- Le joueur doit choisir où il pose le partisan sur la tuile. Le partisan peut ainsi devenir :
- There must be no other follower (not even one belonging to the same player) on the road, city, or field segments connected to the tile just placed. It does not matter how far away the follower is. The following two examples may help to explain:
If a player runs out of followers during the course of play, he or she may only place tiles. But don't panic: you can also get followers back.
If you complete a previously unoccupied feature when placing a tile, you do not have to occupy it and earn the points. You can close the city or road without it being occupied and (for example) deploy a farmer as long as the farm is unoccupied. The city does not necessarily require a knight to look after it.
If any feature was completed through the placement of the tile, it must now be scored. If not, the player’s turn is over, and it is the turn of the next player on the left.
3. Évaluation des routes, villes et abbayes
Une route complétée
A road is completed when the road segments on both sides end in a crossing, a city segment, or a cloister, or when the road forms a closed circle. There is no limit to the number of road segments which can lie between these endings.
A player who has a thief on this completed road scores as many points as the road is long, decided by counting the number of tiles.
Whenever points are scored, they are immediately recorded on the scoreboard (more on this in the section about the scoreboard).
Une ville complétée
A city is completed when its segments are fully encompassed by a city wall and there are no gaps within the city. There is no limit to how many segments a city may contain.
A player who has a knight in a completed city scores 2 points for every city segment.  Every pennant (banner / shield symbol) scores an extra 2 points. Note that a pennant only affects the city segment it is in, not the whole tile (if there is more than one segment on a single tile).
What happens if there are several followers on a completed road or in a completed city?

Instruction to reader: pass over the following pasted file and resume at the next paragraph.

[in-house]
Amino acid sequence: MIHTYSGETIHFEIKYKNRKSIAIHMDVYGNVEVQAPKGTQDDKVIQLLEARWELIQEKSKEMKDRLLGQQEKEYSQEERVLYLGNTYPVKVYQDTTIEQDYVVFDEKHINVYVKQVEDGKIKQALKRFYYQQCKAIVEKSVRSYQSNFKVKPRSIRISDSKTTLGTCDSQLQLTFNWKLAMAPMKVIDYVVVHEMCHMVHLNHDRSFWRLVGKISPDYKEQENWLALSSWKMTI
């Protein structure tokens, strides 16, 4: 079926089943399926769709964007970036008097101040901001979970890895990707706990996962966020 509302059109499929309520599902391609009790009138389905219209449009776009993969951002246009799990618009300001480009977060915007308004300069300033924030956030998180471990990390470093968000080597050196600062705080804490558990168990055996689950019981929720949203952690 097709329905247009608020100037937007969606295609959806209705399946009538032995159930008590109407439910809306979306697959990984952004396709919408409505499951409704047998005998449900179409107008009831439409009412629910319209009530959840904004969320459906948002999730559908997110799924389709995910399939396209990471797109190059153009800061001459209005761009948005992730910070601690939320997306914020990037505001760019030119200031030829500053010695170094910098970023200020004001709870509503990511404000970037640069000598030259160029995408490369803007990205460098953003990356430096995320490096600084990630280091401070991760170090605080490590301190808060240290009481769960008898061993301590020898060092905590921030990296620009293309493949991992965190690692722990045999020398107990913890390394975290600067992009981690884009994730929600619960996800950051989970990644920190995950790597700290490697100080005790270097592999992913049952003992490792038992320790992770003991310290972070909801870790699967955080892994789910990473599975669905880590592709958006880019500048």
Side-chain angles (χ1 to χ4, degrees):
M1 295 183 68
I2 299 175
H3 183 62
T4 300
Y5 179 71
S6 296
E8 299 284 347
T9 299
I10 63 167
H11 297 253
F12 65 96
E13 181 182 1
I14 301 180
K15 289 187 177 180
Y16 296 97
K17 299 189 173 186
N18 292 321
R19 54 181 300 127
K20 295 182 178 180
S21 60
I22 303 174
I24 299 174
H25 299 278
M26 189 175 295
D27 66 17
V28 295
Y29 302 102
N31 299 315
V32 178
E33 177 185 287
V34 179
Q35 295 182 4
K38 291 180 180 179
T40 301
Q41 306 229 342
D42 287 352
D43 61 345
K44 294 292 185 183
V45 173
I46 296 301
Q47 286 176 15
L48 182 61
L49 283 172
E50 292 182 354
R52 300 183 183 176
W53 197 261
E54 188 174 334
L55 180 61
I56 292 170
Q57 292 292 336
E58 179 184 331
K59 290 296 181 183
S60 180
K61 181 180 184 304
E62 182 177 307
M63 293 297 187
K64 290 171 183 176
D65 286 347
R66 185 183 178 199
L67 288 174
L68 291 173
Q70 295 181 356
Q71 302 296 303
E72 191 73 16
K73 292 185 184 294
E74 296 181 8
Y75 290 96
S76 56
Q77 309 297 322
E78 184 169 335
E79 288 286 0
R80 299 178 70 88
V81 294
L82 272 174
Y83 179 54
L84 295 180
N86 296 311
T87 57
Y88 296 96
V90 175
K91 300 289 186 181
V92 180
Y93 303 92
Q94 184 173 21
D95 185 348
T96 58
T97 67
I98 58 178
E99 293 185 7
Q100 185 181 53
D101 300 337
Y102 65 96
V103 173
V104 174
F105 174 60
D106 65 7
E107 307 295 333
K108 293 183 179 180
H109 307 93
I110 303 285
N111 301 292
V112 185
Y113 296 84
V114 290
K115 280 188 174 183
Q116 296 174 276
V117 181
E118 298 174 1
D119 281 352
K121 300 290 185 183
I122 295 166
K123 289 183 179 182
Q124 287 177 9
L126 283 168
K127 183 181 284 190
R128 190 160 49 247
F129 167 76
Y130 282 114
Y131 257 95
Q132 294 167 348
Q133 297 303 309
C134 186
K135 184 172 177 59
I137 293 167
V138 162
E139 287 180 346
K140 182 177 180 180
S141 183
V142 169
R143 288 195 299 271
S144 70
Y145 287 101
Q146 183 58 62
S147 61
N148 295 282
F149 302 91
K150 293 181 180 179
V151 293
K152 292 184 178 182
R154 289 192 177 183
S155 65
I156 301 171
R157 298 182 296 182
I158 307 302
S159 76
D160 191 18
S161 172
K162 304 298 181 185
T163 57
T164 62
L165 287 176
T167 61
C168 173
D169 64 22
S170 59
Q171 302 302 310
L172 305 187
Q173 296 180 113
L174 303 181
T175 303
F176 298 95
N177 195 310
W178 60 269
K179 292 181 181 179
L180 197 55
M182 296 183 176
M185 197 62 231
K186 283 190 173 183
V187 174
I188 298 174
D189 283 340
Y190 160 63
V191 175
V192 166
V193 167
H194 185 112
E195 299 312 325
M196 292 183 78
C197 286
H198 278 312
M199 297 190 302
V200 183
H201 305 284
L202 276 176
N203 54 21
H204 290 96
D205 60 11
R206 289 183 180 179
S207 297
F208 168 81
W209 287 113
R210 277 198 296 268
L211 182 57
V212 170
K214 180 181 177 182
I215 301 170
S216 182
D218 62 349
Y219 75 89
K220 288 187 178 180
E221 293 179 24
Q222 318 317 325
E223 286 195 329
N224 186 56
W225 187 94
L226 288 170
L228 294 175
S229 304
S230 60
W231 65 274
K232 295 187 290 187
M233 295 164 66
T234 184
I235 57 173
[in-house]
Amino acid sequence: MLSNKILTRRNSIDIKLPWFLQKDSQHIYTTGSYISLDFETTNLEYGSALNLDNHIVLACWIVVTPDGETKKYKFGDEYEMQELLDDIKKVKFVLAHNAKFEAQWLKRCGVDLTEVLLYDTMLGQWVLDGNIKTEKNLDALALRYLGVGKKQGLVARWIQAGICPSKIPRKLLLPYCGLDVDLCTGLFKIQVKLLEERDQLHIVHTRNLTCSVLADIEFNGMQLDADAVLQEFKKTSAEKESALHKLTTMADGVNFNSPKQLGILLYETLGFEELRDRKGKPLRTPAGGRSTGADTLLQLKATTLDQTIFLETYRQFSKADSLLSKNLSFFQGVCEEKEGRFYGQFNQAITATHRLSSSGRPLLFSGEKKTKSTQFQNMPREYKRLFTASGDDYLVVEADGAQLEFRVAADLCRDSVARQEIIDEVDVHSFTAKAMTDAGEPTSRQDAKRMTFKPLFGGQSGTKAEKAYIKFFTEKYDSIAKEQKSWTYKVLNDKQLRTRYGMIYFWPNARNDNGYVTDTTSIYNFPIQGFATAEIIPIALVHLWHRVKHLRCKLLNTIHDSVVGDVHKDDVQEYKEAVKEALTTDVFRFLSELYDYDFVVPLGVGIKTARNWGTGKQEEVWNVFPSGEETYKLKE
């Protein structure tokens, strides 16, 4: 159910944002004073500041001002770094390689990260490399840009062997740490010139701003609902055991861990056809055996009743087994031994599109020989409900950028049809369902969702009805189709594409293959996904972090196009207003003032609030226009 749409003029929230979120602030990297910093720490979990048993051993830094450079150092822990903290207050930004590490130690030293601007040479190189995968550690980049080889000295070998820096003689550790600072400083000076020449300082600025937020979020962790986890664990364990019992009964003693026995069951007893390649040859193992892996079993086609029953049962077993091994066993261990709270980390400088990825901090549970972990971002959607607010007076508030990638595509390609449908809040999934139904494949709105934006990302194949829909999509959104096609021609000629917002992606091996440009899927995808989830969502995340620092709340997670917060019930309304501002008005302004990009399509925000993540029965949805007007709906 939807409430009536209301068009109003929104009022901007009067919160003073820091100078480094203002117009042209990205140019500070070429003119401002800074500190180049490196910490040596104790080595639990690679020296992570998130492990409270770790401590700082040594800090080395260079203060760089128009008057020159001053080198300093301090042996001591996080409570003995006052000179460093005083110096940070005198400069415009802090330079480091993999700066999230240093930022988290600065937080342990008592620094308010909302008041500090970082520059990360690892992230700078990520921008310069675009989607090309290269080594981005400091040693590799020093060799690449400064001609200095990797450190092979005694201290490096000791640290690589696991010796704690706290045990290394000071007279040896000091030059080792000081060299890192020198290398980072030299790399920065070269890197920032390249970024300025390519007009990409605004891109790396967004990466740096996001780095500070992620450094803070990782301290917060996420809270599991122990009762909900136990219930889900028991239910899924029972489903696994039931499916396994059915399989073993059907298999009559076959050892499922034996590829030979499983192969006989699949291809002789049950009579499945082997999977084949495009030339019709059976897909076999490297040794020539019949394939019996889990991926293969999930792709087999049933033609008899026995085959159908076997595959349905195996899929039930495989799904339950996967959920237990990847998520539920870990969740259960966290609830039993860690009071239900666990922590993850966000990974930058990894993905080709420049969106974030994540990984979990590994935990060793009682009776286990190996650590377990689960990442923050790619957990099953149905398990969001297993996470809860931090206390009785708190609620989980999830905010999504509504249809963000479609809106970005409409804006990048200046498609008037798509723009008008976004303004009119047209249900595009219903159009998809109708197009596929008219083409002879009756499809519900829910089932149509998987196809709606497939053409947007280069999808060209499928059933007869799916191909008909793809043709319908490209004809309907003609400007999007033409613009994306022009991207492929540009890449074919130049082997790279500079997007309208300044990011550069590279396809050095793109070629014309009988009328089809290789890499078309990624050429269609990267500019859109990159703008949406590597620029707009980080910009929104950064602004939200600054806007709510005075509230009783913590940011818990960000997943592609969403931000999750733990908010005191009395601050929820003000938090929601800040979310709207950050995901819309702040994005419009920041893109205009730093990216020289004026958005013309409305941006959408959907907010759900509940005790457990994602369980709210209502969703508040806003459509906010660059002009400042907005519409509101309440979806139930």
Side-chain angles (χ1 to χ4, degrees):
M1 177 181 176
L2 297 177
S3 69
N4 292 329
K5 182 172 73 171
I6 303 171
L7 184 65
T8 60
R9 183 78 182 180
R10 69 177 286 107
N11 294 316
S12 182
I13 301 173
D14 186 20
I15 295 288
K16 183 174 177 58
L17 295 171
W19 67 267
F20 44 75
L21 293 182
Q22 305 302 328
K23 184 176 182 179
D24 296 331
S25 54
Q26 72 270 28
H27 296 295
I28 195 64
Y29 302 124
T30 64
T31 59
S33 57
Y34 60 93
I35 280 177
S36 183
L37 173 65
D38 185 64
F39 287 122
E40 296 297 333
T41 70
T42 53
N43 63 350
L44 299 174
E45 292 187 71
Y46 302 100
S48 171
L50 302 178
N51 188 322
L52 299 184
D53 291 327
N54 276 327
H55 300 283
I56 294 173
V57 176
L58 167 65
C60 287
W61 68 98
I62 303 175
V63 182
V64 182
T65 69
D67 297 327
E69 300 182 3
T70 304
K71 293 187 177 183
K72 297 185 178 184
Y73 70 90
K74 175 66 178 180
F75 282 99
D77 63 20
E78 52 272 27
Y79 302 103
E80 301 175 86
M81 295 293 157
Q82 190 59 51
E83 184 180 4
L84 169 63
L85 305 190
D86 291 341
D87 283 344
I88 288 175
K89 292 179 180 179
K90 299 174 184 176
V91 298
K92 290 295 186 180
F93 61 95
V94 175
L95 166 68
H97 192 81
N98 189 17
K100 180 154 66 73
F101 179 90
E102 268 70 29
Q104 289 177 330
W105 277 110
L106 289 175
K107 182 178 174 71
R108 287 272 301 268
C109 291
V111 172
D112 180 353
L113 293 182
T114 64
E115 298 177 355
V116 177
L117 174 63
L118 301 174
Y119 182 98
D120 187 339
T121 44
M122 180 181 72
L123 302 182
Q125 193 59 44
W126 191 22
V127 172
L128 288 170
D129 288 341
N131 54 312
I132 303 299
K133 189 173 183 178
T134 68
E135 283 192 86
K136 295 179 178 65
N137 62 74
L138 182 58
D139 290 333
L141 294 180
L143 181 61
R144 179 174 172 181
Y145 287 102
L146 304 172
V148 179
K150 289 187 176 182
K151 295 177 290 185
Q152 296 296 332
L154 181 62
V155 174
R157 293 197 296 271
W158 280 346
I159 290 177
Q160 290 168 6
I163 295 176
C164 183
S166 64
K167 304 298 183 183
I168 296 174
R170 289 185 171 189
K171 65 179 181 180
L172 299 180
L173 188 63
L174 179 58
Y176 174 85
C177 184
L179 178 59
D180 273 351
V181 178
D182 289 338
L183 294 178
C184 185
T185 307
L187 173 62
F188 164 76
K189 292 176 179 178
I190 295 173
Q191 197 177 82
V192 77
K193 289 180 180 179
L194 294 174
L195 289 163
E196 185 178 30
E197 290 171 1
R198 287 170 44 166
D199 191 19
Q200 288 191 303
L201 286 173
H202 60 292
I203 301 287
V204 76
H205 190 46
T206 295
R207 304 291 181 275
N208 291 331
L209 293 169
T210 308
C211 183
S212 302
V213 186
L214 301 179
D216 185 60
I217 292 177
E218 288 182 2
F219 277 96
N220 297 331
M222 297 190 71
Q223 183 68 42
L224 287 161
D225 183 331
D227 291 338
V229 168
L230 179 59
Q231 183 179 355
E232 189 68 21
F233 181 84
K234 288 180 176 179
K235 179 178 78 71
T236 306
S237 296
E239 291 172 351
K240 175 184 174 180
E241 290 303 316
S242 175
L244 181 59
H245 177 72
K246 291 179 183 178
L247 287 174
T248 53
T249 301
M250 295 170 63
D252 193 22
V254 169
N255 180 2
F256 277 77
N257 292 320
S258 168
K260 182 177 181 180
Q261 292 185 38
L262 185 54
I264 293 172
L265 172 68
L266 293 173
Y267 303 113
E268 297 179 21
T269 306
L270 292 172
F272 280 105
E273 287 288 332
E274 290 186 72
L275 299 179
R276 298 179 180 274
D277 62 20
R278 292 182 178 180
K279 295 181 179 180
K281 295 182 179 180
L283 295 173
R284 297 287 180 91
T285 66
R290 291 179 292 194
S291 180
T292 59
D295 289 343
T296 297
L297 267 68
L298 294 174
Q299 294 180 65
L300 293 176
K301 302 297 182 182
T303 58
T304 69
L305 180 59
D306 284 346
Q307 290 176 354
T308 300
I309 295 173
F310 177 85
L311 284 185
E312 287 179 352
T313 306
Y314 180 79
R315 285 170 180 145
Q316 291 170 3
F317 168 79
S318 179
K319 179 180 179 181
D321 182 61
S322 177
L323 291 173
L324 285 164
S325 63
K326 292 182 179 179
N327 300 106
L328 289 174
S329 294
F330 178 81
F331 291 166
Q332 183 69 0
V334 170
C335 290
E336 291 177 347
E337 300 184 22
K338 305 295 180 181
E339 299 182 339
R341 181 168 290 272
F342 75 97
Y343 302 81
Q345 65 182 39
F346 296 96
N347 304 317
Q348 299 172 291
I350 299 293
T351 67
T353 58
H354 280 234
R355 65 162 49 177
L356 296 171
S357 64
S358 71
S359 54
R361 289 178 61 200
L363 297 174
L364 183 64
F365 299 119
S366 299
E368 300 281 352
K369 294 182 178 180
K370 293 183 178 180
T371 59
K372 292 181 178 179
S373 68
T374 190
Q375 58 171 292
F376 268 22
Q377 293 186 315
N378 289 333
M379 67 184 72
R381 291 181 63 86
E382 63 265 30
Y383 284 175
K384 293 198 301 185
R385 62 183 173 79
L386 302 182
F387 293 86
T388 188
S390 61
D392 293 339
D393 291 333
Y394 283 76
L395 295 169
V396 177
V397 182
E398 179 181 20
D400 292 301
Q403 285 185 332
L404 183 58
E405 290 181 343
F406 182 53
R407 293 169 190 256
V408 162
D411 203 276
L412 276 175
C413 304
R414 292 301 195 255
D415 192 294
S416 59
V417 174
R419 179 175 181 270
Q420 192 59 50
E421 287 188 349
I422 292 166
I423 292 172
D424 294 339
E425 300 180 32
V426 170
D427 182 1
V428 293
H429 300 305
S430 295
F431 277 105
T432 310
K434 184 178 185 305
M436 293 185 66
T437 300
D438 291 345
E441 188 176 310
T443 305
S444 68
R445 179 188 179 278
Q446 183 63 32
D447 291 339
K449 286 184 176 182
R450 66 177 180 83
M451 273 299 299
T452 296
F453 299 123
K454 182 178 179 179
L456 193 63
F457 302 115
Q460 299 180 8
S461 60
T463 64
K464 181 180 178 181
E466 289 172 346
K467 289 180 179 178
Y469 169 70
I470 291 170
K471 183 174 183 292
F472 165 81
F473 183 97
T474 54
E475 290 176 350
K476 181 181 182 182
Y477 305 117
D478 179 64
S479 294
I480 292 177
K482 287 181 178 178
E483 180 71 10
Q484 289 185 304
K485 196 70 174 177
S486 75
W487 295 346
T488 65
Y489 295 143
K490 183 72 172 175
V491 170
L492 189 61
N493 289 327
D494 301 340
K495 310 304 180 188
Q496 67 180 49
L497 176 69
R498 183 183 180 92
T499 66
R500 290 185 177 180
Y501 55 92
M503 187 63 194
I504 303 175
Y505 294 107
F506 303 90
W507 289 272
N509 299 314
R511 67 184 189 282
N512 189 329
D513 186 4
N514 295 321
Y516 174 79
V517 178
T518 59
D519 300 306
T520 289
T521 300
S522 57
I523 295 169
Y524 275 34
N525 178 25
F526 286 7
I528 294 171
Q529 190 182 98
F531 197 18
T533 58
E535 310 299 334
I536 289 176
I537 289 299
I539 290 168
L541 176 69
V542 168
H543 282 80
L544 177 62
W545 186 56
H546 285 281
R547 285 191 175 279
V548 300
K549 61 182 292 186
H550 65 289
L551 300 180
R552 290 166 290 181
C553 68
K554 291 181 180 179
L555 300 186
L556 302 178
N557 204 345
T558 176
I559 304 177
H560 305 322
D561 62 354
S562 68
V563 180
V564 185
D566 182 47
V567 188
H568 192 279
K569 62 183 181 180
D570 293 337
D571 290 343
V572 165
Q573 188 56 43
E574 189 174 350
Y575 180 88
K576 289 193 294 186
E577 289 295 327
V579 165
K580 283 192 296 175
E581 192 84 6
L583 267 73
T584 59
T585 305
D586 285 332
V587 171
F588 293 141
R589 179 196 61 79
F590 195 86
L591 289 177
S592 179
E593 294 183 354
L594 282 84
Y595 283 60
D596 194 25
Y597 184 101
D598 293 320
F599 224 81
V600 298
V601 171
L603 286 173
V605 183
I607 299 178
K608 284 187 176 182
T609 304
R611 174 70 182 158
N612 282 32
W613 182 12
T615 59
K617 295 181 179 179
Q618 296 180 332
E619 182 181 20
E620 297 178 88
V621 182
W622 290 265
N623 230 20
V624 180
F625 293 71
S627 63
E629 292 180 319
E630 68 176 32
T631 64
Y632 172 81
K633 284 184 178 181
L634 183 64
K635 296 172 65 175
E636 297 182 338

Through the wily placement of land tiles it is quite possible for several thieves to be on a road, or for several knights to occupy a city.
The points are then scored by the player with the most thieves or knights. In the case of a draw, all players involved score the full number of points.
Une abbaye complétée
A cloister is completed when it is surrounded by eight land tiles. The player who has a monk in the cloister immediately scores 9 points—1 point for every land tile.
Returning followers to their owners
After a road, city, or cloister has been completed and scored – and only then – any thieves, knights, or monks involved are returned to their owner. From the next turn onwards, the player can then use them again in whatever role he or she chooses.
It is possible to deploy a follower, score immediately, and have the follower returned, all in the same turn. In this case, you must use the following order: 
- Complete a road, city or cloister with the new tile.
- Deploy a thief, knight or monk.
- Score the completed road, city or cloister.
- Return the thief, knight or monk to your supply.
Several connected field segments form a farm. Farms and field segments are not scored. They serve only as places to deploy farmers; the owner of the farm only scores points at the end of the game. As such, farmers remain on the farm for the duration of the game and are never returned to their owner!  In order to make that clear, the farmers should be laid on their backs.
Farms are separated from each other by roads, cities and the edge of the playing field – this is important during the final scoring. In determining farm size, farms can be limited by all kinds of barriers, for example, roads, cities, or rivers which cannot be circumvented, or the edge of the playing field. It can certainly happen that a farm covers almost the entire playing field, and there will likely be farms that remain open for the entire game.